The several makeshift camps at Spin Boldak late last year were reported to shelter more than 60,000 persons. Many Afghans who fled Kandahar to escape the bombing campaign or to seek relief aid became stuck in Spin Boldak last year when Taliban border forces blocked their escape and Pakistan refused them entry.

UNHCR opens new camp in Pakistan

UNHCR opened its tenth camp in Pakistan on Tuesday near the southern city of Quetta. Latifabad camp, 75 kilometres from Quetta, was opened with the arrival of 392 ethnic Uzbek refugees from Afghanistan. Many Shi'ite Muslim Afghan refugees live amongst the majority Sunni Afghans in refugee settlements and towns in Pakistan, but some minority Shi'ite refugees feel insecure and UNHCR prepared the Latifabad site along with Basu camp in Pakistan's North-West Frontier Province to shelter these minority refugees.

More than 120,000 Afghans refugees are sheltered in 11 new UN camps in Pakistan's border belt. UNHCR manages ten new sites in Balochistan and North-West Frontier Province, while the United Arab Emirates Red Crescent oversees a camp near the Chaman border crossing. By the end of this week, UNHCR expects to open its 12th camp, to be located in North-West Frontier Province's Kurram agency, west of city of Peshawar. Among the newly established camps, Mohammed Khele, west of Quetta, is the largest, with more than 40,600 new Afghan refugees.

Aid rushed to rain-damaged camps

People in western Afghanistan rejoiced following the four-day downpour of rain last week, the first rain they've seen in three years. But by Saturday, many of the tents and mud huts in IDP camps surrounding Herat flooded or collapsed under the heavy rain. At least one death was been reported - a 5-year-old boy crushed under the roof of his collapsed hut in Shandaye camp, 20 km east of Herat. Shandaye is the second largest camp in western Afghanistan, accommodating some 25,000 people who fled drought-stricken provinces in central Afghanistan.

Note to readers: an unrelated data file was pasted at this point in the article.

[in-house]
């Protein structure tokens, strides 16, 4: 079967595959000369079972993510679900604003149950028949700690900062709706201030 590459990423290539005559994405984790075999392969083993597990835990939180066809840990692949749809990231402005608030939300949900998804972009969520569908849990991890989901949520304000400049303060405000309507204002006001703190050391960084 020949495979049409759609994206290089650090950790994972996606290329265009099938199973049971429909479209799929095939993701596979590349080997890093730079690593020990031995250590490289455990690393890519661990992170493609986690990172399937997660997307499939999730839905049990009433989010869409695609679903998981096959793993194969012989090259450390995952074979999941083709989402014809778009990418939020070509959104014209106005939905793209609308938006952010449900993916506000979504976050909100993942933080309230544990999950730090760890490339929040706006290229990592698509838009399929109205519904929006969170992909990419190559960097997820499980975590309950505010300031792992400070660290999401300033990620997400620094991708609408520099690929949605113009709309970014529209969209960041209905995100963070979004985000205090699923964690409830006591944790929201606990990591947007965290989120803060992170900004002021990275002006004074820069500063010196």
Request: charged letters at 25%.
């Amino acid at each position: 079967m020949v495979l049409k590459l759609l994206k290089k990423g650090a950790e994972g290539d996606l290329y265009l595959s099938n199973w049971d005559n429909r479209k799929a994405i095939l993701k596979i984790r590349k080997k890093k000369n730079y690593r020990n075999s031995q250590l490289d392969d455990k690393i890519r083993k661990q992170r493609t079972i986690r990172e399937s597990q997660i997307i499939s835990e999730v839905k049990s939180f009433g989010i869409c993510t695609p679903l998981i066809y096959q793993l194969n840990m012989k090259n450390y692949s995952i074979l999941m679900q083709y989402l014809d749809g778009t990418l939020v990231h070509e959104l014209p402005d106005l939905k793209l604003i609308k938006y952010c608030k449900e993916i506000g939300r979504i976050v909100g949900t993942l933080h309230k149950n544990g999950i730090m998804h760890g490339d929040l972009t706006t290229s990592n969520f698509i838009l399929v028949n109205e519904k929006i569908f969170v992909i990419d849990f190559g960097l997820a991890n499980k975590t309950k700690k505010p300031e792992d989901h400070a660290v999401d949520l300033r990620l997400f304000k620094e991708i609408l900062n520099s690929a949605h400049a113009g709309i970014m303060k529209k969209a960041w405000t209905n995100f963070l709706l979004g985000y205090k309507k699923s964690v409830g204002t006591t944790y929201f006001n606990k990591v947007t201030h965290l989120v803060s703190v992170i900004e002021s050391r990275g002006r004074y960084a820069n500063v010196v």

Aid agencies in Herat scrambled to provide additional shelter items for the displaced people in camps. UNHCR immediately provided 100 tents, 400 blankets, 240 plastic sheeting and 40 shovels from its Herat stockpile to IOM and the Danish Afghan Committee for distribution in Maslakh camp, Shandaye, Minaret 1 & 2 and Rawza Bagh, the five tented sites in the Herat area.

There are an estimated 300,000 displaced people in six camps in western Afghanistan. The majority of the people are farmers from Ghor and Badghis provinces who fled their homes beginning three years ago due to severe drought.

Although they were covered in mud from the sudden cloudburst, the displaced farmers were generally excited. Many expressed a wish to return home now that the rains have fallen if they could get transportation and assistance to recover livestock and seeds for their fields. UNHCR has begun planning with other agencies to assist the return of these drought-affected people.

The chief of UNHCR's Afghan operations, Filippo Grandi, visited Herat last weekend and met with Mr. Ismail Khan, the regional governor. The governor agreed to UNHCR's proposal to gradually shift assistance focus from the IDP camps to return areas, while ensuring assistance to any new IDPs. The governor emphasized the importance of not only assisting refugees and displaced people to return, but also helping them stay put once they're back in their home villages. UNHCR this year plans to focus on shelter and water assistance to returning refugees and displaced people in Afghanistan and to work closely with development agencies who could engage in larger projects to ensure reintegration of returnees.